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Creative complexity creating catching characters

Like many kids, I grew up with a controller in hands to drop flags at castles and save the princess. As I grew up, I went from just playing the game to appreciating the minute details the designers put into designing a single house, to weapons, armors, or an entire large scale exploration open world map.  The main character of the game is the face of the wide advertisement and when it comes to design characters, games made in the east have a much different approach than games that are put out in the west.

In western games, there is more value to realistic  looking characters that are relatable to average gamers but come with the pitfall of looking generic when you start comparing games with each other. Often times, they are usually characters in their older 20s or 30s. Their design of armors and outfits are often inspired from eurocentric or scifi models as many of the setting are taken in those place.

When it comes to games put out in the east, there is more creative risk taken in creating characters. Often times, many have outlandish colored hair that are common with anime art style with the goal to stand out and make the characters unique. The creativity is a challenge as it can produce great eye-catching and memorable characters at their best, or completely ridiculous ones that make you ask “why?” Many characters tend to be younger in their late teens or early 20s because of the value in youthfulness within the culture.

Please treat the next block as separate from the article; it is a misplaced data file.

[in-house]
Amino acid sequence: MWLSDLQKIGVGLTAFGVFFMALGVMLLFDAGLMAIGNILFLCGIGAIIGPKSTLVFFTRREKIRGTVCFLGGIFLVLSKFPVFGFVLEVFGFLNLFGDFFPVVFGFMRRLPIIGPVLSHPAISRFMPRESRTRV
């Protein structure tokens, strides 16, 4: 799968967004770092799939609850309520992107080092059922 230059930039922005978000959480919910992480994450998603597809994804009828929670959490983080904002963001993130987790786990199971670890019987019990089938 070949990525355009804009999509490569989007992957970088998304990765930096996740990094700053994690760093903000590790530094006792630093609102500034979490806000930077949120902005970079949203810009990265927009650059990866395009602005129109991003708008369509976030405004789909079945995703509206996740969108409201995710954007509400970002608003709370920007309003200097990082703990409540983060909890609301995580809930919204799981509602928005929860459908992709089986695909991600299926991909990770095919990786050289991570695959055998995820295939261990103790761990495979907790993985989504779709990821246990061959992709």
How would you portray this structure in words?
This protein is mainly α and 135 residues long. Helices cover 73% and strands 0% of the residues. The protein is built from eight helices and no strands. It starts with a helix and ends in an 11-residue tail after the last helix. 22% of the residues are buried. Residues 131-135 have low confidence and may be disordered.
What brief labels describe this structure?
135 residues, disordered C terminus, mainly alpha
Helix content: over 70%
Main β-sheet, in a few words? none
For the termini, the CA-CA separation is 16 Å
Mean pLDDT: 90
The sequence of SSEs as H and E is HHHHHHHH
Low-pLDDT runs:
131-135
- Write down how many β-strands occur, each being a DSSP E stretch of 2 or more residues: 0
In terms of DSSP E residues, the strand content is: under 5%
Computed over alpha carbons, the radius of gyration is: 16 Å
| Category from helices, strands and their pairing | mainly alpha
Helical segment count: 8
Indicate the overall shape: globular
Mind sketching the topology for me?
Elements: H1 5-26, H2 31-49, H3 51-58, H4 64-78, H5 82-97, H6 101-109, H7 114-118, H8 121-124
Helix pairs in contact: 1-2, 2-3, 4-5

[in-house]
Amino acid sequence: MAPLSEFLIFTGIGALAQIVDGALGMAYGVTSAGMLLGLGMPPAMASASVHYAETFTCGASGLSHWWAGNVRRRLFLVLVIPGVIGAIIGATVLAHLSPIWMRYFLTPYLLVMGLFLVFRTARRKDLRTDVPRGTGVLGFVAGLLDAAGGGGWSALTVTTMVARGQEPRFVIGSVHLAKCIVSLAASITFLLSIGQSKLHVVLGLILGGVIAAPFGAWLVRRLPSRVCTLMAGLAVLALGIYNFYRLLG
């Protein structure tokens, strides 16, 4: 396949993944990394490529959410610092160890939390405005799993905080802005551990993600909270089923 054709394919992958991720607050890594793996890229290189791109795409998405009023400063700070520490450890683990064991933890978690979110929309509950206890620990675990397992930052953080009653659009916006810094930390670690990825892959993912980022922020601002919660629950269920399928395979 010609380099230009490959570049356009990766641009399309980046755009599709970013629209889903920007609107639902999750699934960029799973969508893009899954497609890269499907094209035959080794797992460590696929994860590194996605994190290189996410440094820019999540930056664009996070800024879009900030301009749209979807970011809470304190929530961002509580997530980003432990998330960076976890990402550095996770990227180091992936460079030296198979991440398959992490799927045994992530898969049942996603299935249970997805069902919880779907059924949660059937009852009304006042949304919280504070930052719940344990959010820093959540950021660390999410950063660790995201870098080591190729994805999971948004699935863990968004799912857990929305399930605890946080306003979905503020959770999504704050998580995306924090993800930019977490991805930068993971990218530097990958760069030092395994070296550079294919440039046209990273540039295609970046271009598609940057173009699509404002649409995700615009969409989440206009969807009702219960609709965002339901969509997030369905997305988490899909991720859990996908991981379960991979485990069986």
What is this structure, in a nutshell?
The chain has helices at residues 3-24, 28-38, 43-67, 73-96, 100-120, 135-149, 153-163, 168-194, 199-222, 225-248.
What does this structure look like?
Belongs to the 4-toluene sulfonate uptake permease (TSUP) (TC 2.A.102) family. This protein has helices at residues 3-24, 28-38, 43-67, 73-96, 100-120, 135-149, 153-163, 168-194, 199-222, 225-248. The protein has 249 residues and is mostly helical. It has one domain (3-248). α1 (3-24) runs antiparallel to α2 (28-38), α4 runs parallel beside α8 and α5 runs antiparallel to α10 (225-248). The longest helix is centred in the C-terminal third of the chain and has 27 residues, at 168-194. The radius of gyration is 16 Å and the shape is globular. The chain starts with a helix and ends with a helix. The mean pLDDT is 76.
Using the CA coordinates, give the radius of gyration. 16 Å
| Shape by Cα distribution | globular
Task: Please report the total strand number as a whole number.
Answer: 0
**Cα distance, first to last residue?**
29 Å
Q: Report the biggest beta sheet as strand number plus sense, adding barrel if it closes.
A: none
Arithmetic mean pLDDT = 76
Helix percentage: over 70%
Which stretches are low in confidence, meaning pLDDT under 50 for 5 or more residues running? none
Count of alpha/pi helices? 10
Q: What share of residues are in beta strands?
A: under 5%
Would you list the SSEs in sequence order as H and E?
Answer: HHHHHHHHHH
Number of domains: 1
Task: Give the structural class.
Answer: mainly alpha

1. jcruz12 wrote:

    That’s definitely true. Video game characters in Japan are mostly young people while in America, they are mature. I guess it’s all about relating video game characters to certain audiences.

    Funny thing, though. There are some games in Japan that features a mature character as the main character and vice versa, like Frank West from Dead Rising, a zombie game made by Capcom, a Japanese company.

    Friday, March 30, 2018 at 8:46 am | Permalink
  2. rb wrote:

    Yeah, it’s an interesting thing to see how the cultural differences of the east and the west influence character design.

    Friday, March 30, 2018 at 3:53 pm | Permalink
  3. atowner wrote:

    I am conveniently a fan of Dragon Age, Final Fantasy, AND Persona, and I think the variation in design is really interesting! Particularly since they age poorly in different ways — games like Oblivion follow that more realistic style and now look outdated and silly, whereas FF7’s art seems almost clunky when compared to its successors. All in all, the differences between Western and Eastern design are always fascinating to study.

    Saturday, March 31, 2018 at 8:44 pm | Permalink